A Nation Challenged: A Visual History of 9/11 and Its Aftermath
© 2002 The New York Times
The first few anniversaries of 9/11 had a weight as they approached — not only for what memories they evoked, but for the speculation that another attack might be attempted on the day itself. But as the years passed, that salience eroded. This past anniversary, in 2018, was different — different because it was a Tuesday, an echo of the day itself. I couldn’t help but remember the shock and fear of that day, and especially of the early morning when things kept happening and we didn’t know when it would stop or what might happen next. This past week, for the first time, I sat and watched extensive videos relating to 9/11 — not news footage, but video shot on the ground itself, after the attack or even before it, seeing the towers both in their prime and in their demise. In this mood I couldn’t help but reading through one of the books I put on display at the library, A Nation Challenged.
In the days that followed the obscene attack on New York City in 2001, the New York Times began publishing coverage of the aftermath and its investigation in a special feature called “A Nation Challenged”. This feature, an insert inside the paper, ran until the end of the year. A Nation Challenged collects many of the photographs and articles from that run into a single collection to document the day itself, stories of the people involved, and review the consequences of America’s grief as it began a war in Afghanistan which, like a mythical hydra, spawns more conflicts the more we persist in flailing away at it. The information included, however, is not merely text and photos; instead, there are other visual aides. A two-page spread reveals the interior of both towers, and includes analysis of how each fell. Another two-page spread provides a transcript of communications chatter as aviation authorities and other pilots realized that something was wrong. Coverage of the day itself is only a part of the book, as subsequent sections review the clean-up process and the treatment of debris as a mass crime scene. Also included is information Osama bin Laden’s background, and the political/ethnographic breakdown of Afghanistan.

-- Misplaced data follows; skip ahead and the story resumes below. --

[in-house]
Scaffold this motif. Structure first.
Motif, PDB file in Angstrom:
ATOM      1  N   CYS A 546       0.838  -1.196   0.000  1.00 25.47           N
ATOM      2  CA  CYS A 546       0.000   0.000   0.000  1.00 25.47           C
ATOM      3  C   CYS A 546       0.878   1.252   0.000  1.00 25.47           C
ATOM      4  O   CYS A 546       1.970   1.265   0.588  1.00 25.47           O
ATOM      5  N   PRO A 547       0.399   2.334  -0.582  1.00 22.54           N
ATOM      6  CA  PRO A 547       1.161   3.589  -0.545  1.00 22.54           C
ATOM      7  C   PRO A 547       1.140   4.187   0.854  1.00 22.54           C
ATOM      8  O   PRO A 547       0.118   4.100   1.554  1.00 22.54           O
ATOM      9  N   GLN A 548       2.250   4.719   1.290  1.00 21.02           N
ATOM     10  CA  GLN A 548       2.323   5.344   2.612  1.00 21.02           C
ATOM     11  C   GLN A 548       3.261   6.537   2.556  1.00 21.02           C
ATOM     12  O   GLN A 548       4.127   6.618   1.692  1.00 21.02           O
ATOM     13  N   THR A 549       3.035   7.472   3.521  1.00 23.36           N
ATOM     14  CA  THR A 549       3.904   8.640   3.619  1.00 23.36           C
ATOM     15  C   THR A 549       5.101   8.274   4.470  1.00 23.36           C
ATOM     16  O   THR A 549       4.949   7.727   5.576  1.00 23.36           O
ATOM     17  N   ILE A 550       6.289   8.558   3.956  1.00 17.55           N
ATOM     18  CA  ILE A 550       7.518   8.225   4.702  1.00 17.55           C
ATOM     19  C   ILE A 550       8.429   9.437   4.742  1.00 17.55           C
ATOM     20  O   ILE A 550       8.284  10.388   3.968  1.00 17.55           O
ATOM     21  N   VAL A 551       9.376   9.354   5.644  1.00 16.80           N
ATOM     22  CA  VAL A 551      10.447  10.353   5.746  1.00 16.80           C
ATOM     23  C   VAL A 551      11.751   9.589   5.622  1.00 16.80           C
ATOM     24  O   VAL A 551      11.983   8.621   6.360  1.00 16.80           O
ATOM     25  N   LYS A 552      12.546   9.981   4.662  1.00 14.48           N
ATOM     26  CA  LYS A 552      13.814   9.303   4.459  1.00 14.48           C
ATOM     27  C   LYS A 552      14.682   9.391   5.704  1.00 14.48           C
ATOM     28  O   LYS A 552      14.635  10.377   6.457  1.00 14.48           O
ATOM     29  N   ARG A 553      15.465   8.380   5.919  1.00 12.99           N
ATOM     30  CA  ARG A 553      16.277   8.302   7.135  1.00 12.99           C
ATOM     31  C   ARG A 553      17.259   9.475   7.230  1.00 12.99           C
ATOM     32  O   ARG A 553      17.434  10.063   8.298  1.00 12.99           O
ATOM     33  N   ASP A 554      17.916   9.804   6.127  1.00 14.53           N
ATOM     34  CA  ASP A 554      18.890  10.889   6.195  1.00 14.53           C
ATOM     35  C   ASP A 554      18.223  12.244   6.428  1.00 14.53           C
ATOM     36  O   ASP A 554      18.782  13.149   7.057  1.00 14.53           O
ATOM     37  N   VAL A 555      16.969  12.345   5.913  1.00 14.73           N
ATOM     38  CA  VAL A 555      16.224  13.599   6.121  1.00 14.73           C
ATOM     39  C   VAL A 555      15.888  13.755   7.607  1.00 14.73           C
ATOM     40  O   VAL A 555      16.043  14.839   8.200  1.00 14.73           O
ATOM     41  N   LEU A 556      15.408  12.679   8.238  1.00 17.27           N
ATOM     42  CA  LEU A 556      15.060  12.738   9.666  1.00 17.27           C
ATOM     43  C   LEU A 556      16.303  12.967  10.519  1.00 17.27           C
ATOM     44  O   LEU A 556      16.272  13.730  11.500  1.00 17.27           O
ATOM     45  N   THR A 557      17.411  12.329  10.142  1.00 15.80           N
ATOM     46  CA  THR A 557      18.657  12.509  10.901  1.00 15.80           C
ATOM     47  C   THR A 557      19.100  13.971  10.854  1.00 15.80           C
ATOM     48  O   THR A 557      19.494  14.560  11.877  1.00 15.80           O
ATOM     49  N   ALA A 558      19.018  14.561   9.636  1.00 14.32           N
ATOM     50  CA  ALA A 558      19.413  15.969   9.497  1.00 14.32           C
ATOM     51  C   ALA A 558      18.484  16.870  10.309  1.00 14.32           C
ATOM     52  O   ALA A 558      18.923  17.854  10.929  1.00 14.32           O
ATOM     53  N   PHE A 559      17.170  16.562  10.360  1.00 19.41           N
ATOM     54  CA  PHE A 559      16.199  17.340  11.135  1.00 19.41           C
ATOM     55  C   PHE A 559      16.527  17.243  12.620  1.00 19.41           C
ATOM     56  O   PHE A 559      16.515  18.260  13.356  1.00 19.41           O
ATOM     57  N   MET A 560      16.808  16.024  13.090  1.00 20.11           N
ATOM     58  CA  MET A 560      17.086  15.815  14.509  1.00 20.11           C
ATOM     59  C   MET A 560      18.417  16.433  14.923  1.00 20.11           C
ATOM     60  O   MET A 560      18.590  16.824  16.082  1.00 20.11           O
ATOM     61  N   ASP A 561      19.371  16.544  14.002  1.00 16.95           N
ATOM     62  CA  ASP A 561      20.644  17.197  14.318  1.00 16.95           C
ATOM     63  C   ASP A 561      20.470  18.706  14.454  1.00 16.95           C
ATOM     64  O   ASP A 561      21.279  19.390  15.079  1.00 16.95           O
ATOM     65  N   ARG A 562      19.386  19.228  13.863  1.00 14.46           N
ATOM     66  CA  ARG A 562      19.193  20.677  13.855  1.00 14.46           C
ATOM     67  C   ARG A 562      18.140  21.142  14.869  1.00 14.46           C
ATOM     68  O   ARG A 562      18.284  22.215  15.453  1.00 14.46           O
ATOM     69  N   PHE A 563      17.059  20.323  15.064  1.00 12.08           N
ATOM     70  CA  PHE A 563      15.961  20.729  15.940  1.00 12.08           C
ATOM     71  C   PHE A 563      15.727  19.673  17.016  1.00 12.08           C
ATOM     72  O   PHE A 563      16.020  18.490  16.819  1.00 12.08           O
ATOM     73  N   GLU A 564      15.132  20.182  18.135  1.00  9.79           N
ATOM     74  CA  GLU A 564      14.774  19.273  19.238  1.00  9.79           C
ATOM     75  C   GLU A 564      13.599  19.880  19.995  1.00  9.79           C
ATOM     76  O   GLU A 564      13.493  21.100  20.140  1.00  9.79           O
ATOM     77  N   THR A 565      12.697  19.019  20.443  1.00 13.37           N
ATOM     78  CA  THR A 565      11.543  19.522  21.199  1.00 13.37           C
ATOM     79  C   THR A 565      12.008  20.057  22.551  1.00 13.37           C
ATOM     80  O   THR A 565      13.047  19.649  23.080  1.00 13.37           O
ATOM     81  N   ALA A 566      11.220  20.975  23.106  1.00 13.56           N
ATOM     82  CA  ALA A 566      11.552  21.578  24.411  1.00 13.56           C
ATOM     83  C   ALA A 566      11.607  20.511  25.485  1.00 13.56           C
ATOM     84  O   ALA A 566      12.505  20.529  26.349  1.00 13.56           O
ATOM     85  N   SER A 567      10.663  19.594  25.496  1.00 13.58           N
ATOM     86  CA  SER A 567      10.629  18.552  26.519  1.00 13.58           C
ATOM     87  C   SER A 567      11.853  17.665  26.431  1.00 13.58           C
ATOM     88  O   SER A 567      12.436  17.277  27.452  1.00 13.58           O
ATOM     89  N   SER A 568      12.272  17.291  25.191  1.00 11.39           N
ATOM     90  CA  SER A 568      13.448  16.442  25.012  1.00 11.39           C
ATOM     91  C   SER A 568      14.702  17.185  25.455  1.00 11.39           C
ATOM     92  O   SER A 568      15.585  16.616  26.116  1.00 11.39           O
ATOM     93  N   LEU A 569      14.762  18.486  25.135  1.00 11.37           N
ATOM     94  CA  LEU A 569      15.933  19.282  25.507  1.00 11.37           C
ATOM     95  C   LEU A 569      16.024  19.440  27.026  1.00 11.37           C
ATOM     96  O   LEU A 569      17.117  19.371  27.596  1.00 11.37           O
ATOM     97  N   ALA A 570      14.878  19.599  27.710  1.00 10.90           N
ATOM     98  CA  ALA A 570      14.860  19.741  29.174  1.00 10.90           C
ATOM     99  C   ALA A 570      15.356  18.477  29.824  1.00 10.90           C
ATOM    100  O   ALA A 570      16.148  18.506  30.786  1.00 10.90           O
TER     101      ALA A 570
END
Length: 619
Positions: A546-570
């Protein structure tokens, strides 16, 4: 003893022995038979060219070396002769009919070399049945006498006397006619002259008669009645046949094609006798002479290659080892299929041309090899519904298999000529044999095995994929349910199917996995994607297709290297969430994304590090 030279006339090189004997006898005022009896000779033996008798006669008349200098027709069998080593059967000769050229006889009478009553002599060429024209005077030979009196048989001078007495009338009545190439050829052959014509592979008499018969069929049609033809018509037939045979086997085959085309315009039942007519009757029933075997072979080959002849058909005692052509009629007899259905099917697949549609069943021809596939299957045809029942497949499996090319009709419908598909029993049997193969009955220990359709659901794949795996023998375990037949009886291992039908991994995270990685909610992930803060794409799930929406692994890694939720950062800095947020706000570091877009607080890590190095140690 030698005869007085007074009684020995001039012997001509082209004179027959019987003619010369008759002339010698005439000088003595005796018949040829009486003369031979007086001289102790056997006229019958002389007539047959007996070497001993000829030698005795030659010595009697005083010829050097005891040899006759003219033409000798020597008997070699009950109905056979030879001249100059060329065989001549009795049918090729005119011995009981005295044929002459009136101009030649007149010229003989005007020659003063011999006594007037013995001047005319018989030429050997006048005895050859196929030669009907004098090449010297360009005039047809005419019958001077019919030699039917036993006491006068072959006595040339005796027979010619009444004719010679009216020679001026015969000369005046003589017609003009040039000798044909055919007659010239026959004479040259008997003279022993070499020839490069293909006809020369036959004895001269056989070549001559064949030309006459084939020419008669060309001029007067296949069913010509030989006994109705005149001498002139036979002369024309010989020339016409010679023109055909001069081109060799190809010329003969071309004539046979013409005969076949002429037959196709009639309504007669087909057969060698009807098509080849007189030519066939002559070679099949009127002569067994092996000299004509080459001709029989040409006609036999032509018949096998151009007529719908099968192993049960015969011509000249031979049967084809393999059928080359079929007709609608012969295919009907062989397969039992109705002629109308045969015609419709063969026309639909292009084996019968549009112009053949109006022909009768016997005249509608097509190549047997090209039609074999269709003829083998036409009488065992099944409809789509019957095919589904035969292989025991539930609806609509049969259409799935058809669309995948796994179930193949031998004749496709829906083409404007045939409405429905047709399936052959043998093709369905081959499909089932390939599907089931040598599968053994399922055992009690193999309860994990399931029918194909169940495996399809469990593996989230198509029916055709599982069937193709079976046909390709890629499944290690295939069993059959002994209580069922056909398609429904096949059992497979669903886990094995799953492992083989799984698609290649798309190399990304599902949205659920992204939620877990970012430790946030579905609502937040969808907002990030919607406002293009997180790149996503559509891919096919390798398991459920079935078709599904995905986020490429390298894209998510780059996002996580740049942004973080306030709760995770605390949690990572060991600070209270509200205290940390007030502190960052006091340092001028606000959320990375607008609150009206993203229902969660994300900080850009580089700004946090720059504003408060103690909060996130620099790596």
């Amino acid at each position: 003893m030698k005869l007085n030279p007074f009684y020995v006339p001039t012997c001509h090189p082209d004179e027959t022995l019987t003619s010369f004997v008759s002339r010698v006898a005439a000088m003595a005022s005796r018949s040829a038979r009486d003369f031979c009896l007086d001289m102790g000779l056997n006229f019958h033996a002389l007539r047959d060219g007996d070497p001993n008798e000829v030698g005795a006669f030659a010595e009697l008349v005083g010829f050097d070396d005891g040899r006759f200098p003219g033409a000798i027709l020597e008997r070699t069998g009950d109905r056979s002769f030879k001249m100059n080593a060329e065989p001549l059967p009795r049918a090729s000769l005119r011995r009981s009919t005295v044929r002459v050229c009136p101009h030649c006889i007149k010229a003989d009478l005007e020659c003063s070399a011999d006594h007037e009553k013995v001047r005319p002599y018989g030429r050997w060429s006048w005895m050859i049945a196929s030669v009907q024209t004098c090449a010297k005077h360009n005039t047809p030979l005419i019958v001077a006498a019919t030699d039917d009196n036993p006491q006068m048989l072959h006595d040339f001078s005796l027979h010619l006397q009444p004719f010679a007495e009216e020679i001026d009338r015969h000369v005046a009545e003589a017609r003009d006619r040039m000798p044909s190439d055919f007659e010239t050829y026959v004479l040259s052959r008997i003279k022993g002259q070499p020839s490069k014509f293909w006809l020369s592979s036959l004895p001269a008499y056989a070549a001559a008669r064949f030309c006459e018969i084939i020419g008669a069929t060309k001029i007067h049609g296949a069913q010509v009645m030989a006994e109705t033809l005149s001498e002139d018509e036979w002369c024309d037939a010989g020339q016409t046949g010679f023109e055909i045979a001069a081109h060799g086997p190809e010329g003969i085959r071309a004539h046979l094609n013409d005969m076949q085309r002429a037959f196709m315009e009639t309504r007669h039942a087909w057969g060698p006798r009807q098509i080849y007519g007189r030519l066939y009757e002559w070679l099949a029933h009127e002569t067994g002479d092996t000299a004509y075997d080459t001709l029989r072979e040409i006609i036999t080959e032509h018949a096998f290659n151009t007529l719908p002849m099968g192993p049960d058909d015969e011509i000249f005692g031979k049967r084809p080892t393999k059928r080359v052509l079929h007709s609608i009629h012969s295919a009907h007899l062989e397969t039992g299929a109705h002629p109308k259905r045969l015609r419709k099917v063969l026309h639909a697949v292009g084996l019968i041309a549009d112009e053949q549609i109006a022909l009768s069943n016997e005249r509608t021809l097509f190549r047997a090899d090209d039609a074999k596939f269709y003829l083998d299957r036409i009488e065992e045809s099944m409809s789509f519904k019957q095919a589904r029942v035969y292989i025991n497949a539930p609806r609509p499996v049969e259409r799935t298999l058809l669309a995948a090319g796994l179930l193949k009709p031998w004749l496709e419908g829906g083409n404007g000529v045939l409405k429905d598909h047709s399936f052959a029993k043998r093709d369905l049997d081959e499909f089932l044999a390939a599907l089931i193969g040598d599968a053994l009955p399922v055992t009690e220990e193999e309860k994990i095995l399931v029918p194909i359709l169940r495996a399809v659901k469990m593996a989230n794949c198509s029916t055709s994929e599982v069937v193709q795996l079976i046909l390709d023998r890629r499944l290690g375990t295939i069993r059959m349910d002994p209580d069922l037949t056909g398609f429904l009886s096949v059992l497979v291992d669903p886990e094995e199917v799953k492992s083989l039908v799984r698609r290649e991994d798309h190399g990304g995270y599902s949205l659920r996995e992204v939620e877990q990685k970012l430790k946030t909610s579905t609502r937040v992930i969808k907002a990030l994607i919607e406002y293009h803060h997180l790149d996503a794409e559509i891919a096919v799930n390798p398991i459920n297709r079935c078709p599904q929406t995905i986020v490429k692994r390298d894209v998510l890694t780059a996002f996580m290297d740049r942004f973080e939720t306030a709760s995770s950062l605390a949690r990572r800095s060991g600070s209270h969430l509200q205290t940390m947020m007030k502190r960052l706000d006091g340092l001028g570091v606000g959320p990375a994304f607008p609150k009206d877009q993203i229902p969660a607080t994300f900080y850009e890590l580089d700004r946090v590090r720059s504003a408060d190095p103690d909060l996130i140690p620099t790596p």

While I’ve never read any other 9/11 books, this particular volume recommends itself as a remembrance. Also, if you have time, in late August a video was posted containing 30 minutes of restored footage shot on the day itself, near the WTC site immediately following the collapse of tower two. The photojournalist responsible, Mark LaGanga, spoke with people fleeing the scene, toured WTC-7 (empty save a few LEOs confirming the building was clear), and captured the collapse of WTC-1 on film. It is unlike anything I have ever seen.